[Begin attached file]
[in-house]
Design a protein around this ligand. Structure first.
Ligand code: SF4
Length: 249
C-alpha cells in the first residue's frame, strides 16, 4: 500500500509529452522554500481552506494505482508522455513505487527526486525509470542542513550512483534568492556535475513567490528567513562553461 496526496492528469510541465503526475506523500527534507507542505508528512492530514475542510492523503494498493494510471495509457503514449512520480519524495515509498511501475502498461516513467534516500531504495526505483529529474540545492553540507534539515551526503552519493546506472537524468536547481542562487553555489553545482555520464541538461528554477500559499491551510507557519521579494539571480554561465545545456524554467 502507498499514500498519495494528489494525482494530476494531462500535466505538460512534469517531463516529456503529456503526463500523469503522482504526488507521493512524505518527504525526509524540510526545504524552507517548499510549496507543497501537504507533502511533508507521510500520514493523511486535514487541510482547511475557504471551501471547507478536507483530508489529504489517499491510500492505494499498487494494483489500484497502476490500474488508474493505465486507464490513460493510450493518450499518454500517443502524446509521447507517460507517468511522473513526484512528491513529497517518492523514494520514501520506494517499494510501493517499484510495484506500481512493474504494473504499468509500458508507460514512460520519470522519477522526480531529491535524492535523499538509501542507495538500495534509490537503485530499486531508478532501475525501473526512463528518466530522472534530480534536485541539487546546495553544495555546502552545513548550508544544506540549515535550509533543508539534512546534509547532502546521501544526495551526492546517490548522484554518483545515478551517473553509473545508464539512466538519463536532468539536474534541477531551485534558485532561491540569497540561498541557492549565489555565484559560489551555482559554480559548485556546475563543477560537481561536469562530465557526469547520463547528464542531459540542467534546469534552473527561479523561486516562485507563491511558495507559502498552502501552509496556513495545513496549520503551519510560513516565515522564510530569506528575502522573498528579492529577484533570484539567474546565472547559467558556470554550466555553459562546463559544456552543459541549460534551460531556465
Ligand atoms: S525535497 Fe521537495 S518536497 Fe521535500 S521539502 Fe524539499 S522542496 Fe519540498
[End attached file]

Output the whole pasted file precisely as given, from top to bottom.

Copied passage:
[in-house]
Design a protein around this ligand. Structure first.
Ligand code: SF4
Length: 249
C-alpha cells in the first residue's frame, strides 16, 4: 500500500509529452522554500481552506494505482508522455513505487527526486525509470542542513550512483534568492556535475513567490528567513562553461 496526496492528469510541465503526475506523500527534507507542505508528512492530514475542510492523503494498493494510471495509457503514449512520480519524495515509498511501475502498461516513467534516500531504495526505483529529474540545492553540507534539515551526503552519493546506472537524468536547481542562487553555489553545482555520464541538461528554477500559499491551510507557519521579494539571480554561465545545456524554467 502507498499514500498519495494528489494525482494530476494531462500535466505538460512534469517531463516529456503529456503526463500523469503522482504526488507521493512524505518527504525526509524540510526545504524552507517548499510549496507543497501537504507533502511533508507521510500520514493523511486535514487541510482547511475557504471551501471547507478536507483530508489529504489517499491510500492505494499498487494494483489500484497502476490500474488508474493505465486507464490513460493510450493518450499518454500517443502524446509521447507517460507517468511522473513526484512528491513529497517518492523514494520514501520506494517499494510501493517499484510495484506500481512493474504494473504499468509500458508507460514512460520519470522519477522526480531529491535524492535523499538509501542507495538500495534509490537503485530499486531508478532501475525501473526512463528518466530522472534530480534536485541539487546546495553544495555546502552545513548550508544544506540549515535550509533543508539534512546534509547532502546521501544526495551526492546517490548522484554518483545515478551517473553509473545508464539512466538519463536532468539536474534541477531551485534558485532561491540569497540561498541557492549565489555565484559560489551555482559554480559548485556546475563543477560537481561536469562530465557526469547520463547528464542531459540542467534546469534552473527561479523561486516562485507563491511558495507559502498552502501552509496556513495545513496549520503551519510560513516565515522564510530569506528575502522573498528579492529577484533570484539567474546565472547559467558556470554550466555553459562546463559544456552543459541549460534551460531556465
Ligand atoms: S525535497 Fe521537495 S518536497 Fe521535500 S521539502 Fe524539499 S522542496 Fe519540498